How local recruiters can help construction find talent amid a shortage
Optimism about the economic future of the construction industry is high, and employers expect to increase their payrolls in the coming year and beyond, according to the Associated General Contractors of America — but no one is really sure where the labor to support all that activity is going to come from.
And while the attention has largely focused on how hard it is to find skilled craft workers like carpenters, construction companies are also struggling to fill open slots for positions such as superintendents and project managers. It is for those jobs where some in the industry turn to professional recruiters.
Recruiters count both candidates and construction companies among their clients and work to arrange the best matches between the two. But, according to industry experts, that sounds simpler than it is.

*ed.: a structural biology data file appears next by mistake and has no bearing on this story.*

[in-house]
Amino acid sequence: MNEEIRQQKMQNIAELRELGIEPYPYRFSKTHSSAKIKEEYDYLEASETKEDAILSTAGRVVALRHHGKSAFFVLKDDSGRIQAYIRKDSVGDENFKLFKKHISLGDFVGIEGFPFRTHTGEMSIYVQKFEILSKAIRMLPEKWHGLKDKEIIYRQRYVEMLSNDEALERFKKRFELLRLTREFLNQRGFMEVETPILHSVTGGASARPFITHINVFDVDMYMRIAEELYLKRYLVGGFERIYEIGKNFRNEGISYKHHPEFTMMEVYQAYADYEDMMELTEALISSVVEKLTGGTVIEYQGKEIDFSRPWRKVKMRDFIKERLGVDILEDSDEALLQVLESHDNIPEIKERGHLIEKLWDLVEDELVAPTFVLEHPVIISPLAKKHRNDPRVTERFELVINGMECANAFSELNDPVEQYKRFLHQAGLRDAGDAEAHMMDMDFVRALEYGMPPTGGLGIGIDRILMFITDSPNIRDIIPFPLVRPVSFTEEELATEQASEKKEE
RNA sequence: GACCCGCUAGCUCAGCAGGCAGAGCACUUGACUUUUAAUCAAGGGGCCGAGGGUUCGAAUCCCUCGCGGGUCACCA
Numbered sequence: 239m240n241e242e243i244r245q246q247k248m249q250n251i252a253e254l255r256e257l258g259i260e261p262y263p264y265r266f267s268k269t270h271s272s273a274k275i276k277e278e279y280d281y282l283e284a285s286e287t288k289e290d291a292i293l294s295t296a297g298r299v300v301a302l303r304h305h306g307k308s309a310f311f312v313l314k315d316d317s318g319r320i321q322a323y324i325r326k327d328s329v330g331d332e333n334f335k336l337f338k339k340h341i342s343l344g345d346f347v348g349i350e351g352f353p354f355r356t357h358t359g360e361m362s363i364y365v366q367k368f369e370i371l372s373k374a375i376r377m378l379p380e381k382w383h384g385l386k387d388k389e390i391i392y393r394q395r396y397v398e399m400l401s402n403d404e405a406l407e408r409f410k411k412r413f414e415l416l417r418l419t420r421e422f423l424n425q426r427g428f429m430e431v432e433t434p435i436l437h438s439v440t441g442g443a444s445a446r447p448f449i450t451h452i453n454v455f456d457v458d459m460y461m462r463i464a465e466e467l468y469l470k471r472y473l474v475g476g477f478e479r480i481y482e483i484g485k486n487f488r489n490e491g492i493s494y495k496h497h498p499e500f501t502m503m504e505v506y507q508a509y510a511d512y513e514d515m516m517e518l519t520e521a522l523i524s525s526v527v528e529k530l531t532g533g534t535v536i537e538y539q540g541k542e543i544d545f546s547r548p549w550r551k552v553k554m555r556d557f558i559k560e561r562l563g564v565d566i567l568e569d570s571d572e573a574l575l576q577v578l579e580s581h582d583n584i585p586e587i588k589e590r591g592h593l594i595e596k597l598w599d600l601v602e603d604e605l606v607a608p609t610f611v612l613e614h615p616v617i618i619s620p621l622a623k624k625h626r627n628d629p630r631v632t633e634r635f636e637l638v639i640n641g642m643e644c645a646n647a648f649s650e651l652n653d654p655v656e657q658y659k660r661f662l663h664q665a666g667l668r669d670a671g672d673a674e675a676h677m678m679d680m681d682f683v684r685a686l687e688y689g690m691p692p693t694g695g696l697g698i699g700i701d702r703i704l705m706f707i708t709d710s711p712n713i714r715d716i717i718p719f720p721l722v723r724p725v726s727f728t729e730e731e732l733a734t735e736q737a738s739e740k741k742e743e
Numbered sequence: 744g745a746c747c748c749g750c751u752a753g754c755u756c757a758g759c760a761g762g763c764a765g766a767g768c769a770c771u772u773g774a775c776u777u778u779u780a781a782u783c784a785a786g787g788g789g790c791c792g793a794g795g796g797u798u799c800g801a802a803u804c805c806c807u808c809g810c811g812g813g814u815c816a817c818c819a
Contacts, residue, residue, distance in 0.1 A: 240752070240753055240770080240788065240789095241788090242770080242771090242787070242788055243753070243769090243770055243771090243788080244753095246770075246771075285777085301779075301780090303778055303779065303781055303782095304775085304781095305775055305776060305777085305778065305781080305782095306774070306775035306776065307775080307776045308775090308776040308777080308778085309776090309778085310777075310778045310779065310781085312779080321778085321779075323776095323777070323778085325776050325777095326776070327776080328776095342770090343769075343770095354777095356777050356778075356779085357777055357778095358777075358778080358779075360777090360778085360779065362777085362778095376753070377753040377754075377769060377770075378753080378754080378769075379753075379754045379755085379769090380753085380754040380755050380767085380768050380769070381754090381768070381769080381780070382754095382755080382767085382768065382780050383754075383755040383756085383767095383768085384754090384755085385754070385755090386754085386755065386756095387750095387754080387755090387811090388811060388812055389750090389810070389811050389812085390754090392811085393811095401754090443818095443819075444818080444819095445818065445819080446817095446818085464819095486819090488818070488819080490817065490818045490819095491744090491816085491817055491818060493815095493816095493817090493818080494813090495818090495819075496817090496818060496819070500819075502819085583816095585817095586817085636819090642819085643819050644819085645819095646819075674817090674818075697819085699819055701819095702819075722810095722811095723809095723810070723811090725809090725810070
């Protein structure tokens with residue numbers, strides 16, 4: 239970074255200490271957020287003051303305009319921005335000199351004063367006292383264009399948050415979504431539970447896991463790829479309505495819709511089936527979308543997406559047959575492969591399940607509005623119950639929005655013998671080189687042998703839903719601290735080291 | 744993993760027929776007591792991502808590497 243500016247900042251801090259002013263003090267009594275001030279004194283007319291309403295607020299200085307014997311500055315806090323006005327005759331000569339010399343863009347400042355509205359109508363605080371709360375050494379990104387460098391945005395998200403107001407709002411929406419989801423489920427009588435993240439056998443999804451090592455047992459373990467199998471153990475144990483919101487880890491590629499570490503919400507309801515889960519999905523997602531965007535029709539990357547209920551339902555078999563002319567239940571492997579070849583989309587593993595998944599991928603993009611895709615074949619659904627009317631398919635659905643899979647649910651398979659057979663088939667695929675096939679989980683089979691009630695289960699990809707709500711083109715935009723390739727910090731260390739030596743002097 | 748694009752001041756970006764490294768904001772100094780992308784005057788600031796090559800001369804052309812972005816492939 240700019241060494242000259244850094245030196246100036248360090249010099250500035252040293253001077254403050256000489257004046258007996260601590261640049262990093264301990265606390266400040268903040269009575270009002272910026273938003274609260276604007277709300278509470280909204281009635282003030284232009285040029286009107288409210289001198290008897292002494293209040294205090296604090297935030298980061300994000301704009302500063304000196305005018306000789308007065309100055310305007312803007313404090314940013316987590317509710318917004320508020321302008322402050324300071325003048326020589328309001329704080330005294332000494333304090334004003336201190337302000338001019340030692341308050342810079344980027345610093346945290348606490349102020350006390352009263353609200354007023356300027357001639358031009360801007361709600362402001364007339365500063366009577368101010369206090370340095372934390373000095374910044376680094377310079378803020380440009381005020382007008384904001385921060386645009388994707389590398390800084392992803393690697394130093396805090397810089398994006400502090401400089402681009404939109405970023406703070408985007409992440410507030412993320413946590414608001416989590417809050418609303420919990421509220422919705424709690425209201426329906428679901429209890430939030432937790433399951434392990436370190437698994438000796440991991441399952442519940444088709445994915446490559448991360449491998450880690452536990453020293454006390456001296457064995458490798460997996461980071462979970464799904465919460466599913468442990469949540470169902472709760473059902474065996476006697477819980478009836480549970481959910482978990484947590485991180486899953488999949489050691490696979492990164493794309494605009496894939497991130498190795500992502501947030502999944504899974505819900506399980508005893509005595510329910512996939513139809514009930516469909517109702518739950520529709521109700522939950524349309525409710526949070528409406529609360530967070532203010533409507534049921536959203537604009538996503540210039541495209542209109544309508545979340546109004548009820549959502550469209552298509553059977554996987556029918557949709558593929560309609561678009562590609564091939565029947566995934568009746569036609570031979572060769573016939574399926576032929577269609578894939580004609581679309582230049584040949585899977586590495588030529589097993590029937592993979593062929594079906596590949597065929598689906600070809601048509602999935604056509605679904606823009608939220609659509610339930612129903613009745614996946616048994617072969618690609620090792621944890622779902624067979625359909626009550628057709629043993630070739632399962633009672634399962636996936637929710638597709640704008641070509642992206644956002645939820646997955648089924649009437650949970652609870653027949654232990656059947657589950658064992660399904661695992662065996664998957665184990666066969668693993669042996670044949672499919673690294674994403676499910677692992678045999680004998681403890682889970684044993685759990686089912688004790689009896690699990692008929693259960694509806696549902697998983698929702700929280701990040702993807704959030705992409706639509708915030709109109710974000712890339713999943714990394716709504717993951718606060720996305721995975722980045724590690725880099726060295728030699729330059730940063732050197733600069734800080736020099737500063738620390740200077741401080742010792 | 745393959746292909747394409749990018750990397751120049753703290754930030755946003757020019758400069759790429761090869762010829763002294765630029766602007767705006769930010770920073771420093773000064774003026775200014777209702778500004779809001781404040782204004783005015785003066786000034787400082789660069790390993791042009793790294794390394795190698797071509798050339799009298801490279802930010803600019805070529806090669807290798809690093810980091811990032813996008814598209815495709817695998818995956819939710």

“We use what we call a career-directed approach,” said Mark Jones, executive vice president and national sales manager at Kimmel & Associates. Jones said Kimmel is in a constant state of recruiting, not just when a job order comes in. The company’s sales team identifies qualified individuals and reaches out to them, whether they’re open to an opportunity at the time or not.
“We may find some people looking immediately or looking for something years down the road,” he said.
Workers in the prime of their careers, the recruiter said, could be looking to make a move at some point, and want to stake out a position geographically closer to where they plan to retire. Most recently, Jones said he placed someone he first made contact with 16 years ago. The candidate wasn’t happy with his company’s new ownership, a prospect that seemed unlikely when they spoke for the first time so many years ago.